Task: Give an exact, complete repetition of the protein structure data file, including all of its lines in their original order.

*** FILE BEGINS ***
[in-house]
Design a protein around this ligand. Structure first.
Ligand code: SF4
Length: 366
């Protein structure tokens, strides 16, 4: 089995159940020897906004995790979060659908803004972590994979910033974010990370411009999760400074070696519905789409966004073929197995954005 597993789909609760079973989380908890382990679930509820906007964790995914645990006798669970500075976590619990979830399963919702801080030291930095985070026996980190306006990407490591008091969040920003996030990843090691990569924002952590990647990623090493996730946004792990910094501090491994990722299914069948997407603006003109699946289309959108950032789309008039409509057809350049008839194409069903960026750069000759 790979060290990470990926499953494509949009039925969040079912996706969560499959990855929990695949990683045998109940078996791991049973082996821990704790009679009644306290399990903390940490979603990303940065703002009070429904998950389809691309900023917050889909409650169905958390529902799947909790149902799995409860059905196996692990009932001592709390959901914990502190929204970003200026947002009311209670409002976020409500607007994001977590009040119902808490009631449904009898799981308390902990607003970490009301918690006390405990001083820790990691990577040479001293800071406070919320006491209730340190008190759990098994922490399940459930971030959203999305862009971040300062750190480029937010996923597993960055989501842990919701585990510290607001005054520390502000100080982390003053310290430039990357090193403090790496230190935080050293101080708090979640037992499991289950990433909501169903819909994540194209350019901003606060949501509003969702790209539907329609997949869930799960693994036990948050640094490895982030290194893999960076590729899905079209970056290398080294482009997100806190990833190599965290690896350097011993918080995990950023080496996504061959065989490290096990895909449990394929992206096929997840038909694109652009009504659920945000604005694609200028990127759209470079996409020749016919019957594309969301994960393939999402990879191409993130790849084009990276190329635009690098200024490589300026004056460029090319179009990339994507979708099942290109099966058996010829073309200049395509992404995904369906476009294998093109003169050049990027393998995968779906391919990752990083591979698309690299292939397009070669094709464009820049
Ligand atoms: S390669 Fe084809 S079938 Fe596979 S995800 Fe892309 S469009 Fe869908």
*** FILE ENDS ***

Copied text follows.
[in-house]
Design a protein around this ligand. Structure first.
Ligand code: SF4
Length: 366
């Protein structure tokens, strides 16, 4: 089995159940020897906004995790979060659908803004972590994979910033974010990370411009999760400074070696519905789409966004073929197995954005 597993789909609760079973989380908890382990679930509820906007964790995914645990006798669970500075976590619990979830399963919702801080030291930095985070026996980190306006990407490591008091969040920003996030990843090691990569924002952590990647990623090493996730946004792990910094501090491994990722299914069948997407603006003109699946289309959108950032789309008039409509057809350049008839194409069903960026750069000759 790979060290990470990926499953494509949009039925969040079912996706969560499959990855929990695949990683045998109940078996791991049973082996821990704790009679009644306290399990903390940490979603990303940065703002009070429904998950389809691309900023917050889909409650169905958390529902799947909790149902799995409860059905196996692990009932001592709390959901914990502190929204970003200026947002009311209670409002976020409500607007994001977590009040119902808490009631449904009898799981308390902990607003970490009301918690006390405990001083820790990691990577040479001293800071406070919320006491209730340190008190759990098994922490399940459930971030959203999305862009971040300062750190480029937010996923597993960055989501842990919701585990510290607001005054520390502000100080982390003053310290430039990357090193403090790496230190935080050293101080708090979640037992499991289950990433909501169903819909994540194209350019901003606060949501509003969702790209539907329609997949869930799960693994036990948050640094490895982030290194893999960076590729899905079209970056290398080294482009997100806190990833190599965290690896350097011993918080995990950023080496996504061959065989490290096990895909449990394929992206096929997840038909694109652009009504659920945000604005694609200028990127759209470079996409020749016919019957594309969301994960393939999402990879191409993130790849084009990276190329635009690098200024490589300026004056460029090319179009990339994507979708099942290109099966058996010829073309200049395509992404995904369906476009294998093109003169050049990027393998995968779906391919990752990083591979698309690299292939397009070669094709464009820049
Ligand atoms: S390669 Fe084809 S079938 Fe596979 S995800 Fe892309 S469009 Fe869908």